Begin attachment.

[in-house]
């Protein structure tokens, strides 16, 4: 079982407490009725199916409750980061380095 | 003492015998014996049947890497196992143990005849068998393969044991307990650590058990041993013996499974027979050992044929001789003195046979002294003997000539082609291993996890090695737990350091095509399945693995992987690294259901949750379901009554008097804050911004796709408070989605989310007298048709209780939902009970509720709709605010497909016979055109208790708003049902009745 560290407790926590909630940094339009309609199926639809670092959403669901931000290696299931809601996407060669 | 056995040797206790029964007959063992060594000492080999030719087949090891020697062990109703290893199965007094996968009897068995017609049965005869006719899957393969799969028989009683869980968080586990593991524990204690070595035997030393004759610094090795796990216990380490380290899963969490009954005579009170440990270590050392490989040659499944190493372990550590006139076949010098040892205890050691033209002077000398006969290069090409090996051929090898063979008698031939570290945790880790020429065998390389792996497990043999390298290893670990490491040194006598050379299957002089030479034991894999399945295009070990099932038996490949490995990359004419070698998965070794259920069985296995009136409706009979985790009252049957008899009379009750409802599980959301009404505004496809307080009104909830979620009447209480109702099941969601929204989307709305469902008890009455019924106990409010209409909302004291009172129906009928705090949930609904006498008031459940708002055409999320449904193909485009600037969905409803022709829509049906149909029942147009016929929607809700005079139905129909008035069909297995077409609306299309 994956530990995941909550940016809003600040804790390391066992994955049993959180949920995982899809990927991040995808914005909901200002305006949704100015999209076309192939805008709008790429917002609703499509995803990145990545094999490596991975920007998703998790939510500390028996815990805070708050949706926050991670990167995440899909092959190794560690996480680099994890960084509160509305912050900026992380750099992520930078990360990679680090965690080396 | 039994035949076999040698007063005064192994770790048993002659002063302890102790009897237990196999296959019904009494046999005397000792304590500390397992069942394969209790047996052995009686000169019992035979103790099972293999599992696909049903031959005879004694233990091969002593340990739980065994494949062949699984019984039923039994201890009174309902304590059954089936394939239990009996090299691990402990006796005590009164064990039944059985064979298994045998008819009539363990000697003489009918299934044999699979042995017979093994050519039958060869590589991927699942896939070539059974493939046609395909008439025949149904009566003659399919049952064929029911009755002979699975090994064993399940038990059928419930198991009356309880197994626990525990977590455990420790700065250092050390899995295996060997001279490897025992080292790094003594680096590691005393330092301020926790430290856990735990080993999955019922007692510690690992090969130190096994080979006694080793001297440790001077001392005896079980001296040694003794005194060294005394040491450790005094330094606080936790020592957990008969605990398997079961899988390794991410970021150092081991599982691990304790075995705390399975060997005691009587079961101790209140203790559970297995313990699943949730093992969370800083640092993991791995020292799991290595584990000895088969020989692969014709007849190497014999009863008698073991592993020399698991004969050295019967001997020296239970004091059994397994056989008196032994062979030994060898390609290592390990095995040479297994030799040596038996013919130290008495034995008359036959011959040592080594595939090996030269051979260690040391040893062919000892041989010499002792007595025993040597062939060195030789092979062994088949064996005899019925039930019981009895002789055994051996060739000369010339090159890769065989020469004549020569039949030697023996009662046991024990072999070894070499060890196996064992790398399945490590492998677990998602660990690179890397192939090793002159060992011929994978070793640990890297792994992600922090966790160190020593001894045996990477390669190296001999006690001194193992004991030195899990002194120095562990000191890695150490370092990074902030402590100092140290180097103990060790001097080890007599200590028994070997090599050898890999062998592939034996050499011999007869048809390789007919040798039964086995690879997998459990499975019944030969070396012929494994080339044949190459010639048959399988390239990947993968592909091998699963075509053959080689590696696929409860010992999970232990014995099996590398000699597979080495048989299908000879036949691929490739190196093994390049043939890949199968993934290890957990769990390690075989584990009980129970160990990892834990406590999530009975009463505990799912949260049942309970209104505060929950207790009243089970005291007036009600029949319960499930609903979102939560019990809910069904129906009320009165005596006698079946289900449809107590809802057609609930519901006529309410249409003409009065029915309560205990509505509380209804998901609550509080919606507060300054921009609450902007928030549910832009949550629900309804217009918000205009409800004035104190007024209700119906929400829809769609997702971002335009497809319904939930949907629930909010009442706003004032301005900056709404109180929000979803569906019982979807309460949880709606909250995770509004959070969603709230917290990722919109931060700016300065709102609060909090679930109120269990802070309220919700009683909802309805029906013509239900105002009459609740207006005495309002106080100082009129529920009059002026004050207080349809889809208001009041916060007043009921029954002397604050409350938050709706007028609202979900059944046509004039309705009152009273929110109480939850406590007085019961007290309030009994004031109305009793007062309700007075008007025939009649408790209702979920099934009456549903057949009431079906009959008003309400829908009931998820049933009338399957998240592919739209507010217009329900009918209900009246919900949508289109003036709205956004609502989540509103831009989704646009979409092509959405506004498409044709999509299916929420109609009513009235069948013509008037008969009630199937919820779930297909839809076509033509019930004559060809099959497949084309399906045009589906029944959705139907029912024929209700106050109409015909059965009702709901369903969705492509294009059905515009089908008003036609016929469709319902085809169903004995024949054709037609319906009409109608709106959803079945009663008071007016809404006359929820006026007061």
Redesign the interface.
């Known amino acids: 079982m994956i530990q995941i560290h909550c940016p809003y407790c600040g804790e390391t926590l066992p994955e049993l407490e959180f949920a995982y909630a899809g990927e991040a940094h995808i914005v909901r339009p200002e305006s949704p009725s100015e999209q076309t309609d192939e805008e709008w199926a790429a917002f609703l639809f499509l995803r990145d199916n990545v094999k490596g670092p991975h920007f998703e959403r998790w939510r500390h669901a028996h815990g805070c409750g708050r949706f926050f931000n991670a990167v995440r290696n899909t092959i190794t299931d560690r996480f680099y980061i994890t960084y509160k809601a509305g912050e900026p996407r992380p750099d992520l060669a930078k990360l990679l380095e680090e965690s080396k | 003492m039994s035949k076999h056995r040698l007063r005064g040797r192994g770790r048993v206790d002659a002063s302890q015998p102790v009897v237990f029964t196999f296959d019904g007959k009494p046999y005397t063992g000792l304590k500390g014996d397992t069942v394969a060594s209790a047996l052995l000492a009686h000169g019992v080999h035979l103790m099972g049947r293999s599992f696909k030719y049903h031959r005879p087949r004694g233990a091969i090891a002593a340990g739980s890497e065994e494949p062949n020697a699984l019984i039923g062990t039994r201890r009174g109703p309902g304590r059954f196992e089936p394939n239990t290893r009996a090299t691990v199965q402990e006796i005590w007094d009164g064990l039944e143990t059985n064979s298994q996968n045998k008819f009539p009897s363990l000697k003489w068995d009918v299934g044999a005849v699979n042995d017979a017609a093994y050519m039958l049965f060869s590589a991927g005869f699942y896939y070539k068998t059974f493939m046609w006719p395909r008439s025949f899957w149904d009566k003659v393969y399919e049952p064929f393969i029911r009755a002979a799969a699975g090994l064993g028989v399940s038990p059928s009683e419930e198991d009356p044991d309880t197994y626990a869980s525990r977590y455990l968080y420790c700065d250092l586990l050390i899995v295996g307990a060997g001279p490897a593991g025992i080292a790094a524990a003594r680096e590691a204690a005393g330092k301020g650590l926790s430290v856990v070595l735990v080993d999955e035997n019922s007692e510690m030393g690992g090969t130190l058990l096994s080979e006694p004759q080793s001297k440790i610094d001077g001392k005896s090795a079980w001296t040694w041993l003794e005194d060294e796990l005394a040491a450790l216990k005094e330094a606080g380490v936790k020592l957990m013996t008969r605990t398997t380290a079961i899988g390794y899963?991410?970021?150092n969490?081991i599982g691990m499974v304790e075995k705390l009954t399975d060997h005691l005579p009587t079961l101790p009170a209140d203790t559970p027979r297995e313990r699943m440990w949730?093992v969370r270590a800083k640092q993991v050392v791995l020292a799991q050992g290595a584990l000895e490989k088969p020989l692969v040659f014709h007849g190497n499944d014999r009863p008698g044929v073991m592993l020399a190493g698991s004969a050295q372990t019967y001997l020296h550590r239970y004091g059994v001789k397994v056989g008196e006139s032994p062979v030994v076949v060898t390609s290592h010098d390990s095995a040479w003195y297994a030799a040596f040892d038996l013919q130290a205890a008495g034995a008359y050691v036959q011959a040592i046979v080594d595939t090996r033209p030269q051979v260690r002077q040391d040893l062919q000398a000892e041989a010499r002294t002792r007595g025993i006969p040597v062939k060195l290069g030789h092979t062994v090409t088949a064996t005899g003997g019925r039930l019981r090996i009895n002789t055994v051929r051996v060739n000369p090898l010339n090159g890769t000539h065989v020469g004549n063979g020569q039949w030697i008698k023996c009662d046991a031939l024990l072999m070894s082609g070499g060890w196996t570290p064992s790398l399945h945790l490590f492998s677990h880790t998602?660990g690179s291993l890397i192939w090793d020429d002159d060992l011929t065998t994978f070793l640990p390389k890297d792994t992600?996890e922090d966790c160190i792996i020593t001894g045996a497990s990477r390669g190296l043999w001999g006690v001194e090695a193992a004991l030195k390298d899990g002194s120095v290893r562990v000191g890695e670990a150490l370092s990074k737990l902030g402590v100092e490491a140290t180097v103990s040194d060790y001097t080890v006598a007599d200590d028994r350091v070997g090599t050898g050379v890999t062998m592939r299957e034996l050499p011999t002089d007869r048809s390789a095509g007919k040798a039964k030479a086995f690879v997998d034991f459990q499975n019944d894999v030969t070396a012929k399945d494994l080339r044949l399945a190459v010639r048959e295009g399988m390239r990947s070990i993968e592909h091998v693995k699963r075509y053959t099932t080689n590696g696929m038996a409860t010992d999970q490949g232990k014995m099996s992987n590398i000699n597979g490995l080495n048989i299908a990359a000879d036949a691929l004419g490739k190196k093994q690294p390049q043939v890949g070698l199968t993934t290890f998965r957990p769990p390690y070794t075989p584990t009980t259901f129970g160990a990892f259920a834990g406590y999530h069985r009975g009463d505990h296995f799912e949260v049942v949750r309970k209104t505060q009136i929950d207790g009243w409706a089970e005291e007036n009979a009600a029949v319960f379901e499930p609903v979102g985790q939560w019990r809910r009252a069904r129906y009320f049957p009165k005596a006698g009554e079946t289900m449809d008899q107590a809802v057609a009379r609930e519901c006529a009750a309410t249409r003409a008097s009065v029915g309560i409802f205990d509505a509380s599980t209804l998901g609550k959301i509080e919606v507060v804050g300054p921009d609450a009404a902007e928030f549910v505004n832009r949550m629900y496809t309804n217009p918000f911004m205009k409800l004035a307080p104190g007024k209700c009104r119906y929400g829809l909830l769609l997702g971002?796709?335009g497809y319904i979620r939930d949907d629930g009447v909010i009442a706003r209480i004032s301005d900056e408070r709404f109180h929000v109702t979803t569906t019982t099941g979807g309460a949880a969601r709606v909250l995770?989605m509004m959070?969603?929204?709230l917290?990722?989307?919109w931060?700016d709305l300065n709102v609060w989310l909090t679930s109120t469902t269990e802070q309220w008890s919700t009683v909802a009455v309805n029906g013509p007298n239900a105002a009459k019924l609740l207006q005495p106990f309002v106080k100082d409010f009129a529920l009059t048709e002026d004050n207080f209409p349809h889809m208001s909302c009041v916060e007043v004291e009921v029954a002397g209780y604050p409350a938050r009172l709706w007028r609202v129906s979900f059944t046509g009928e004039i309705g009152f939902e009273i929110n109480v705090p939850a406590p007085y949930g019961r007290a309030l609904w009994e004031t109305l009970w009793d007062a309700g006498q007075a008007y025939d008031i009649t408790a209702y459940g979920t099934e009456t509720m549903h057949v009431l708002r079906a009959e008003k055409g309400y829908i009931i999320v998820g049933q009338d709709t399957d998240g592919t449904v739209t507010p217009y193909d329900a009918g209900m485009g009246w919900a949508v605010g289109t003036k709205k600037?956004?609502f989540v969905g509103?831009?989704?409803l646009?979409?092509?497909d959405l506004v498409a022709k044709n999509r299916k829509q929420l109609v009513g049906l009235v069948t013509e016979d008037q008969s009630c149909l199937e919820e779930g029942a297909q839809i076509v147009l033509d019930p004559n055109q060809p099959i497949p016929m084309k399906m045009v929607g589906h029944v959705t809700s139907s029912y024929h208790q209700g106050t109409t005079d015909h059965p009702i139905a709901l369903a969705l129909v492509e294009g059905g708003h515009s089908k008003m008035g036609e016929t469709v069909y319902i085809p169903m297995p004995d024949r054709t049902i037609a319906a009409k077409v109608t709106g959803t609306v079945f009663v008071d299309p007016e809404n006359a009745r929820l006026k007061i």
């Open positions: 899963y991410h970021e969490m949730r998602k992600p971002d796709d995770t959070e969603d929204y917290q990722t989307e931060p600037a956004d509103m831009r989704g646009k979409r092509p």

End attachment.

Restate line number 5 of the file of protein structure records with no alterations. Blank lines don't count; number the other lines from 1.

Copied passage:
């Open positions: 899963y991410h970021e969490m949730r998602k992600p971002d796709d995770t959070e969603d929204y917290q990722t989307e931060p600037a956004d509103m831009r989704g646009k979409r092509p």